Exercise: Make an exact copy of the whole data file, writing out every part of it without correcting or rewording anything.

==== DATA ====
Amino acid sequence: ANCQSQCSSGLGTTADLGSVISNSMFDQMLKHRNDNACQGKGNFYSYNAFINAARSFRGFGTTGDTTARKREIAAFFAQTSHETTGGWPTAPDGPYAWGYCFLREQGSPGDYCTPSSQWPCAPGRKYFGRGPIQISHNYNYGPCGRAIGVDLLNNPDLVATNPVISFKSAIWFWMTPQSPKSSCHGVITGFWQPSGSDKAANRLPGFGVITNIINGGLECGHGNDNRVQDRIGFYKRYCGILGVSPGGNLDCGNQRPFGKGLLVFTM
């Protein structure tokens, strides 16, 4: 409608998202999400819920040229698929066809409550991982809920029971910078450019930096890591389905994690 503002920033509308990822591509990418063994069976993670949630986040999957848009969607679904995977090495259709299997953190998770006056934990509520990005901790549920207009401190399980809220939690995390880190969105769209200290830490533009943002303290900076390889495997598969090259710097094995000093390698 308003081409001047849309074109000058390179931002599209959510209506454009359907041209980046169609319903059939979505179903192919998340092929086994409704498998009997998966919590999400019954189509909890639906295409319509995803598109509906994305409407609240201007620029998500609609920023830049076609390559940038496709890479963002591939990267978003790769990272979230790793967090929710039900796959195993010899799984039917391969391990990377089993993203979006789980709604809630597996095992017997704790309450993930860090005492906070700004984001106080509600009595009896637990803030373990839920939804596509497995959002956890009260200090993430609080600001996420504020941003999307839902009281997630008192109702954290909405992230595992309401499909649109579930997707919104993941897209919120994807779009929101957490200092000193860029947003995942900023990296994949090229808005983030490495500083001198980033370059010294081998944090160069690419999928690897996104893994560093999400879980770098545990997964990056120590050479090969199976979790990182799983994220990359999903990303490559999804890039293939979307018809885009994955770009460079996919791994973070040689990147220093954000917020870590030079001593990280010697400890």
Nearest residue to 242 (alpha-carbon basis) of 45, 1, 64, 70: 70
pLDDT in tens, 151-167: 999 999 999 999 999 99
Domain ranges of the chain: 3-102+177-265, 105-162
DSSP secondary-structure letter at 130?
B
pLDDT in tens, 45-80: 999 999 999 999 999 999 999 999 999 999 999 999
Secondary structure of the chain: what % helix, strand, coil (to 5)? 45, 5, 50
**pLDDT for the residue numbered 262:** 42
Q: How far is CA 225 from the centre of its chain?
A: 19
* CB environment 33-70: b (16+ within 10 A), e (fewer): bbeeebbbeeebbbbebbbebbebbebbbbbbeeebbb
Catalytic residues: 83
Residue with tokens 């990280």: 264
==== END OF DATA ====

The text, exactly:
Amino acid sequence: ANCQSQCSSGLGTTADLGSVISNSMFDQMLKHRNDNACQGKGNFYSYNAFINAARSFRGFGTTGDTTARKREIAAFFAQTSHETTGGWPTAPDGPYAWGYCFLREQGSPGDYCTPSSQWPCAPGRKYFGRGPIQISHNYNYGPCGRAIGVDLLNNPDLVATNPVISFKSAIWFWMTPQSPKSSCHGVITGFWQPSGSDKAANRLPGFGVITNIINGGLECGHGNDNRVQDRIGFYKRYCGILGVSPGGNLDCGNQRPFGKGLLVFTM
């Protein structure tokens, strides 16, 4: 409608998202999400819920040229698929066809409550991982809920029971910078450019930096890591389905994690 503002920033509308990822591509990418063994069976993670949630986040999957848009969607679904995977090495259709299997953190998770006056934990509520990005901790549920207009401190399980809220939690995390880190969105769209200290830490533009943002303290900076390889495997598969090259710097094995000093390698 308003081409001047849309074109000058390179931002599209959510209506454009359907041209980046169609319903059939979505179903192919998340092929086994409704498998009997998966919590999400019954189509909890639906295409319509995803598109509906994305409407609240201007620029998500609609920023830049076609390559940038496709890479963002591939990267978003790769990272979230790793967090929710039900796959195993010899799984039917391969391990990377089993993203979006789980709604809630597996095992017997704790309450993930860090005492906070700004984001106080509600009595009896637990803030373990839920939804596509497995959002956890009260200090993430609080600001996420504020941003999307839902009281997630008192109702954290909405992230595992309401499909649109579930997707919104993941897209919120994807779009929101957490200092000193860029947003995942900023990296994949090229808005983030490495500083001198980033370059010294081998944090160069690419999928690897996104893994560093999400879980770098545990997964990056120590050479090969199976979790990182799983994220990359999903990303490559999804890039293939979307018809885009994955770009460079996919791994973070040689990147220093954000917020870590030079001593990280010697400890």
Nearest residue to 242 (alpha-carbon basis) of 45, 1, 64, 70: 70
pLDDT in tens, 151-167: 999 999 999 999 999 99
Domain ranges of the chain: 3-102+177-265, 105-162
DSSP secondary-structure letter at 130?
B
pLDDT in tens, 45-80: 999 999 999 999 999 999 999 999 999 999 999 999
Secondary structure of the chain: what % helix, strand, coil (to 5)? 45, 5, 50
**pLDDT for the residue numbered 262:** 42
Q: How far is CA 225 from the centre of its chain?
A: 19
* CB environment 33-70: b (16+ within 10 A), e (fewer): bbeeebbbeeebbbbebbbebbebbebbbbbbeeebbb
Catalytic residues: 83
Residue with tokens 């990280």: 264